The mood in the city yesterday was jovial as MTN Rwanda announced reduced call rates, down by as much as 60 percent. This really makes calls cheaper, thus affording citizens more chances to do business through communication - a crucial part in conducting a successful business. MTN says one of the reasons their services are slightly on the higher side in the region is because of the terrain, which stretches their resources thereby pushing up costs of production and maintenance.
Whereas everyone appreciates the investor’s challenges, we would wish that in addition to cheaper costs not only for calls but for internet connection, better service in the form of less dropped calls and sharper reception for the internet in remote areas be worked out.
Like Electrogaz was advised, it is to very few people’s advantage for them to cut water prices without improving the service itself by providing more citizens with water, and provide it constantly. Otherwise it becomes self defeating to claim lesser prices when the services are erratic.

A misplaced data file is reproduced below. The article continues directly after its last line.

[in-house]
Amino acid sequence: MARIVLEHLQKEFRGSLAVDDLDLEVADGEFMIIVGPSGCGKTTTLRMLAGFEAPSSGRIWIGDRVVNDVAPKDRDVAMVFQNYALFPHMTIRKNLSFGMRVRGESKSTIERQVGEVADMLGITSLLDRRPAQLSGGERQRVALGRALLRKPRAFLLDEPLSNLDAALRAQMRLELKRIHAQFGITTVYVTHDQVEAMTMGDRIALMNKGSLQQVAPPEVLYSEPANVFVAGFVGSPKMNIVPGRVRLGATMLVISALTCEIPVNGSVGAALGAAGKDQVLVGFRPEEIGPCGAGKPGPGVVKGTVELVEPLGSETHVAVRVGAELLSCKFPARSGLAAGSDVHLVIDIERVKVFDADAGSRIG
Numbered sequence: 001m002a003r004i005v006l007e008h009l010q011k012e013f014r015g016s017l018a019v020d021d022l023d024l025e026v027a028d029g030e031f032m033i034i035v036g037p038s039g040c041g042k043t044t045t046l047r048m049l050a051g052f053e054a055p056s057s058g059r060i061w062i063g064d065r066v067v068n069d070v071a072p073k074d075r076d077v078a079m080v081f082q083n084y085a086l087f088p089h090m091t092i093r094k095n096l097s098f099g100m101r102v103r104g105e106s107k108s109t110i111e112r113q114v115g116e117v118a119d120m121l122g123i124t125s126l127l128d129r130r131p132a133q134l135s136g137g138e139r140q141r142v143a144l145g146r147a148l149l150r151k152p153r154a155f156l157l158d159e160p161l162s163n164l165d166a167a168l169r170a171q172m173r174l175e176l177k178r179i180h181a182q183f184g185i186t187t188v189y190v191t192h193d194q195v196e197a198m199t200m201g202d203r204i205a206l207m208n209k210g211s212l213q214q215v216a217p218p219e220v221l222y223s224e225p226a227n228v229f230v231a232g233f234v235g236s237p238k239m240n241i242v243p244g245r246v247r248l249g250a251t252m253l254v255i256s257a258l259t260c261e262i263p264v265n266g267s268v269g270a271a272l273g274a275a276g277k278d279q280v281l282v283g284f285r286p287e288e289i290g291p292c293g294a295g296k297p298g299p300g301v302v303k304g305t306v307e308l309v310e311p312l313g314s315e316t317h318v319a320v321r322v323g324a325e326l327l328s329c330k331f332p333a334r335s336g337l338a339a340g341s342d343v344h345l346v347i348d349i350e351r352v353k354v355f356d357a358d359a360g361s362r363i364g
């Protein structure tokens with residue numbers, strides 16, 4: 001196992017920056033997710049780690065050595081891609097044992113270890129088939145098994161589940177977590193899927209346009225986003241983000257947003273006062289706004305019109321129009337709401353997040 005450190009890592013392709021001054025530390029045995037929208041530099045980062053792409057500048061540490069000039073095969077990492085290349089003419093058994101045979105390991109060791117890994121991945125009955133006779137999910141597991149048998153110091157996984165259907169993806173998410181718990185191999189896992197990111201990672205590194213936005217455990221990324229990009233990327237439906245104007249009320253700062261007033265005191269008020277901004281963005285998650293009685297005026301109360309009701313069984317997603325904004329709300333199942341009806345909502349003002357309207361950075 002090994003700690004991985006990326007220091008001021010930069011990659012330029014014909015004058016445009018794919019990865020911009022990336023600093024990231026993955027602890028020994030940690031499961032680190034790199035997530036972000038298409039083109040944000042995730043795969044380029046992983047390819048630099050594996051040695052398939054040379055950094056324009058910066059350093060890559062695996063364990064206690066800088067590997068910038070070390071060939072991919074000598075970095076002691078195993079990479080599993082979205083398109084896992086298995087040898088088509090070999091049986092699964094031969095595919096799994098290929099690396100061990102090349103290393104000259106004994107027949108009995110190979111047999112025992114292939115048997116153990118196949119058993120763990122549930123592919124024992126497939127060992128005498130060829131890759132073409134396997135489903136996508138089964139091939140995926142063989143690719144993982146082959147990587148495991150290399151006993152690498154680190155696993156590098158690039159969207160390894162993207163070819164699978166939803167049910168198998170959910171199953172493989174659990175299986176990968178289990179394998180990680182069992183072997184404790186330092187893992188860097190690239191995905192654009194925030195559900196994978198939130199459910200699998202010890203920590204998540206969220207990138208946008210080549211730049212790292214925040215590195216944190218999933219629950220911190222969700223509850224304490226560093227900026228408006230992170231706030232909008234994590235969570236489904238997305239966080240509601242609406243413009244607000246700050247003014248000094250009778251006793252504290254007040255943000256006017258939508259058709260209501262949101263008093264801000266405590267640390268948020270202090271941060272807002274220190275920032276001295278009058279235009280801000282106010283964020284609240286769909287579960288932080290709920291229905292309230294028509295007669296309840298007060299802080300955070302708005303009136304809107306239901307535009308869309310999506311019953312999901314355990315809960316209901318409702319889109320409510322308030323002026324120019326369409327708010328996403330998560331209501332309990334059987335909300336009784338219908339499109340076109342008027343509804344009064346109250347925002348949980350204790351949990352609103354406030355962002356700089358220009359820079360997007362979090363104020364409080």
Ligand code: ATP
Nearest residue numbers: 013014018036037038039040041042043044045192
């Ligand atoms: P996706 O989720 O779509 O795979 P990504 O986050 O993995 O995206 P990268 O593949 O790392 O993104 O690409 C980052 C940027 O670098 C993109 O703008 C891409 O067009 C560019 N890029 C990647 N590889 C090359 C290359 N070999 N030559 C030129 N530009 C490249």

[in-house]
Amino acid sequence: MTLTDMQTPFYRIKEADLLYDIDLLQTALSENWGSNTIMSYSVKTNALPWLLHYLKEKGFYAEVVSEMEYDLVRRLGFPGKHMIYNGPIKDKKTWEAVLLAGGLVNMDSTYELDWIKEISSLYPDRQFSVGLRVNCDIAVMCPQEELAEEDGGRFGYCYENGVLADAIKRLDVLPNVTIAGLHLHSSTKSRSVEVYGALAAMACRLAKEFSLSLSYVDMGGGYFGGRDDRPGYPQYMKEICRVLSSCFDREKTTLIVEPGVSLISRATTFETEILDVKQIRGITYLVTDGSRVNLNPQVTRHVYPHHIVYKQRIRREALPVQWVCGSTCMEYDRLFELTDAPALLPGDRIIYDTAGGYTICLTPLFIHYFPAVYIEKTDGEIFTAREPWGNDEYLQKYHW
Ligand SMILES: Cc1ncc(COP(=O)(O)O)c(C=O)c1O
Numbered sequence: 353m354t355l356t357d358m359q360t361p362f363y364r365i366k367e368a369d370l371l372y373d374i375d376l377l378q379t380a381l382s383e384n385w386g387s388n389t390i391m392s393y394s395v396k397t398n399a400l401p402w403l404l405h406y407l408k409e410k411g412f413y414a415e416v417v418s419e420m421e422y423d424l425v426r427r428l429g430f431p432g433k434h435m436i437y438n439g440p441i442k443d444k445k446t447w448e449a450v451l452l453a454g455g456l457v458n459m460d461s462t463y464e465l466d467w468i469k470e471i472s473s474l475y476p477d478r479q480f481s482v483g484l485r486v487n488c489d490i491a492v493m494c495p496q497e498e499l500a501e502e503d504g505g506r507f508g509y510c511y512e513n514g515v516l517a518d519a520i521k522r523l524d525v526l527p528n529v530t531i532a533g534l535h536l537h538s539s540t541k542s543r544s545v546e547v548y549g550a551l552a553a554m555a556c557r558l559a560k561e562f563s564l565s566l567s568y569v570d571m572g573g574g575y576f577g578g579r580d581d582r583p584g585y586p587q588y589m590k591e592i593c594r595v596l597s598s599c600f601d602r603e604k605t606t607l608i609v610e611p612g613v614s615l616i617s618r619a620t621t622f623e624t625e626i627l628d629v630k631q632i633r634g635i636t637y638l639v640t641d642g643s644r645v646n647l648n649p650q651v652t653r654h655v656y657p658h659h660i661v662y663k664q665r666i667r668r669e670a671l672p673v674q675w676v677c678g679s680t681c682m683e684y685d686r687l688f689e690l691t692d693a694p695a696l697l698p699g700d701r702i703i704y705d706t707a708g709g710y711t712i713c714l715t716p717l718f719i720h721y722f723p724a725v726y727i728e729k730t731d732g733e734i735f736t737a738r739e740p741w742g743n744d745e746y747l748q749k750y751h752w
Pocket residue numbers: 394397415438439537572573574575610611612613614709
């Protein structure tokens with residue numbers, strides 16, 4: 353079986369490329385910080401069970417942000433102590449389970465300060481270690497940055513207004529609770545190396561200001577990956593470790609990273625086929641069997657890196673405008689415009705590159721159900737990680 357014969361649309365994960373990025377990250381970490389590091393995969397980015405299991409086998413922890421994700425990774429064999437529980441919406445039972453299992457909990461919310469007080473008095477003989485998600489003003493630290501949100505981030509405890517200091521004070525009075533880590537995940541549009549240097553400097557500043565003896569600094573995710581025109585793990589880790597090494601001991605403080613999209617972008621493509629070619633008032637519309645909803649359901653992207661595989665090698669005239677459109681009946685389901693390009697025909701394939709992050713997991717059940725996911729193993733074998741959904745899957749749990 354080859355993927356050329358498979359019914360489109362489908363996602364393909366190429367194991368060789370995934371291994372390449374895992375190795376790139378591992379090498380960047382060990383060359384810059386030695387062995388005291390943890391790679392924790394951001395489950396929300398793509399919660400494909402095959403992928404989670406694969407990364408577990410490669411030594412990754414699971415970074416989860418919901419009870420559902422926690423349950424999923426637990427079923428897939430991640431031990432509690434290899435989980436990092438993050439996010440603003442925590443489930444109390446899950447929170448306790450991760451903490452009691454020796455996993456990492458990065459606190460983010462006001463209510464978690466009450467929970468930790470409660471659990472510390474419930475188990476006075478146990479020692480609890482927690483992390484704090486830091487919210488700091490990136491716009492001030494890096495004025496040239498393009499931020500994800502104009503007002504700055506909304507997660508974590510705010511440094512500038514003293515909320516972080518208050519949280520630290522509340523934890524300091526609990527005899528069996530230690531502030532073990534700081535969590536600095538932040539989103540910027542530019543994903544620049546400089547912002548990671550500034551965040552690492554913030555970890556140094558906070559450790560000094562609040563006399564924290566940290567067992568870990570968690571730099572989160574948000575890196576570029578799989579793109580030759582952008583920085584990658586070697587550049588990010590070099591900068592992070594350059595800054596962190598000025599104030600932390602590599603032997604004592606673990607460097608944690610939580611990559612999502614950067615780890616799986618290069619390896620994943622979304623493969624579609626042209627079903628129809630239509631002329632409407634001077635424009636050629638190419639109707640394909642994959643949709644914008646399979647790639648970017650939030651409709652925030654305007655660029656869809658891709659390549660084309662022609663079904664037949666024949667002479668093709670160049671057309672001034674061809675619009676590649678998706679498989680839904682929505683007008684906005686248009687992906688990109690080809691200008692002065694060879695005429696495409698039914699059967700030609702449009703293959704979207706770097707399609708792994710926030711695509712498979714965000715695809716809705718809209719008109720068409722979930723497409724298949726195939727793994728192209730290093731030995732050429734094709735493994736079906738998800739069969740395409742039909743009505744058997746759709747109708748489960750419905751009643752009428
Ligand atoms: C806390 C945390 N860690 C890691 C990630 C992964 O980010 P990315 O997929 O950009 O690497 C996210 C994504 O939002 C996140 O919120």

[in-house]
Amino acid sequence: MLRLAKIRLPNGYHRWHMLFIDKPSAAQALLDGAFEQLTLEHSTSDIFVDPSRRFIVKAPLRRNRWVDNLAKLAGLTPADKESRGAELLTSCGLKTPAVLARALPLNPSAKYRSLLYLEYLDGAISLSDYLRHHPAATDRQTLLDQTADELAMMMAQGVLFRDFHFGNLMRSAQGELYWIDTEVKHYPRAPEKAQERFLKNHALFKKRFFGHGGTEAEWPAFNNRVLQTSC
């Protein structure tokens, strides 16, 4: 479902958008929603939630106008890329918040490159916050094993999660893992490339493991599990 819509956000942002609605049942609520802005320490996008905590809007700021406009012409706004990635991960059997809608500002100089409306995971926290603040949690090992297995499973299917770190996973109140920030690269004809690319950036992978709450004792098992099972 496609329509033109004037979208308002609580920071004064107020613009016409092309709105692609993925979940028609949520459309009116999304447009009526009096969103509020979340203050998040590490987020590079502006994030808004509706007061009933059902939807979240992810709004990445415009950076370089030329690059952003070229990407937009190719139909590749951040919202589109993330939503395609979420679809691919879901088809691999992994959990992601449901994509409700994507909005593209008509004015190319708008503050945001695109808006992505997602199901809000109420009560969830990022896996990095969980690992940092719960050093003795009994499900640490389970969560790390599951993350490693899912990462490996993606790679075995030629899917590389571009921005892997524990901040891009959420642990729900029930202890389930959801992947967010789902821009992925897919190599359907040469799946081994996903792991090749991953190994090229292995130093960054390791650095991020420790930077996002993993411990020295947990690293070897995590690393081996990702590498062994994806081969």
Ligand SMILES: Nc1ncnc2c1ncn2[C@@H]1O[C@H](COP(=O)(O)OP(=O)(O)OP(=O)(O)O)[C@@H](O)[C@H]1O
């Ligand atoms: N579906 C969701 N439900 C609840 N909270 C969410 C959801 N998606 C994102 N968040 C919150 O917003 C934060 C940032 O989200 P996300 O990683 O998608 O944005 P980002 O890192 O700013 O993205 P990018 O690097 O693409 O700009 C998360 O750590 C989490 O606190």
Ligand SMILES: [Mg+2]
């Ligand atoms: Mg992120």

Which is why it is better to have fewer but well satisfied consumers, for every type of business. The trick of success lies not in over expansion, when your clients are dissatisfied with your services.
There are many businesses that operate in such haphazard fashion, to the disadvantage of our budding tourist industry, which industry thrives only on quality service. If there are to be ATMs for example, let them be functional. It is not enough to have good-looking restaurants where it will, however, take upwards of one hour and more, before one can get a meal – if, that is, one is lucky enough to get attended to.
It has been said over and over in these pages that we need to spruce up our service image. It remains our bounden duty to continue advising until it looks up. It is utterly satisfying to have a very efficient hire taxi service for example; this is a service sector that wins applause because of the aggressiveness with which potential clients are courted, and the efficient discharge of their duties. All other service sectors should take this example.